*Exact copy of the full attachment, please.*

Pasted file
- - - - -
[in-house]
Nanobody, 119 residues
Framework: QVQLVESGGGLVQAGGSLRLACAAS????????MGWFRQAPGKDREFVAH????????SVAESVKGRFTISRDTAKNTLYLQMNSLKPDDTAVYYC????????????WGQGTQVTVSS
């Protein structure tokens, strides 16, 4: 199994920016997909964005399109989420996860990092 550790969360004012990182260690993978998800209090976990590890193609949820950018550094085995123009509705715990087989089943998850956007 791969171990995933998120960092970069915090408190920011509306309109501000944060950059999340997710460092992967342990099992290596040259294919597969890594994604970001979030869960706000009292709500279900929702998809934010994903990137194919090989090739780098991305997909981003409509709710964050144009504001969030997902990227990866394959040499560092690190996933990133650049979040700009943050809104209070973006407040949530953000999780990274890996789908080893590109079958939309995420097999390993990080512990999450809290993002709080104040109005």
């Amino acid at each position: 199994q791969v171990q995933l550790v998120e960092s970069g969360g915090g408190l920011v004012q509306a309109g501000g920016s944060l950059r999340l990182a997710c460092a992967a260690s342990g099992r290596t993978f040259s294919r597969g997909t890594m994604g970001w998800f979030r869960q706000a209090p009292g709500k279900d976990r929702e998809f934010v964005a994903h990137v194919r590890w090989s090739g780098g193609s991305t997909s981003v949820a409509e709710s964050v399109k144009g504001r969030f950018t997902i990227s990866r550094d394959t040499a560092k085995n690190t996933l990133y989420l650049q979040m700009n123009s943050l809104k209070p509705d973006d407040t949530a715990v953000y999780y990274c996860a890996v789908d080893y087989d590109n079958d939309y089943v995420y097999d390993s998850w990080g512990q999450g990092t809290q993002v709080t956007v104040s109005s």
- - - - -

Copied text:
[in-house]
Nanobody, 119 residues
Framework: QVQLVESGGGLVQAGGSLRLACAAS????????MGWFRQAPGKDREFVAH????????SVAESVKGRFTISRDTAKNTLYLQMNSLKPDDTAVYYC????????????WGQGTQVTVSS
């Protein structure tokens, strides 16, 4: 199994920016997909964005399109989420996860990092 550790969360004012990182260690993978998800209090976990590890193609949820950018550094085995123009509705715990087989089943998850956007 791969171990995933998120960092970069915090408190920011509306309109501000944060950059999340997710460092992967342990099992290596040259294919597969890594994604970001979030869960706000009292709500279900929702998809934010994903990137194919090989090739780098991305997909981003409509709710964050144009504001969030997902990227990866394959040499560092690190996933990133650049979040700009943050809104209070973006407040949530953000999780990274890996789908080893590109079958939309995420097999390993990080512990999450809290993002709080104040109005």
């Amino acid at each position: 199994q791969v171990q995933l550790v998120e960092s970069g969360g915090g408190l920011v004012q509306a309109g501000g920016s944060l950059r999340l990182a997710c460092a992967a260690s342990g099992r290596t993978f040259s294919r597969g997909t890594m994604g970001w998800f979030r869960q706000a209090p009292g709500k279900d976990r929702e998809f934010v964005a994903h990137v194919r590890w090989s090739g780098g193609s991305t997909s981003v949820a409509e709710s964050v399109k144009g504001r969030f950018t997902i990227s990866r550094d394959t040499a560092k085995n690190t996933l990133y989420l650049q979040m700009n123009s943050l809104k209070p509705d973006d407040t949530a715990v953000y999780y990274c996860a890996v789908d080893y087989d590109n079958d939309y089943v995420y097999d390993s998850w990080g512990q999450g990092t809290q993002v709080t956007v104040s109005s």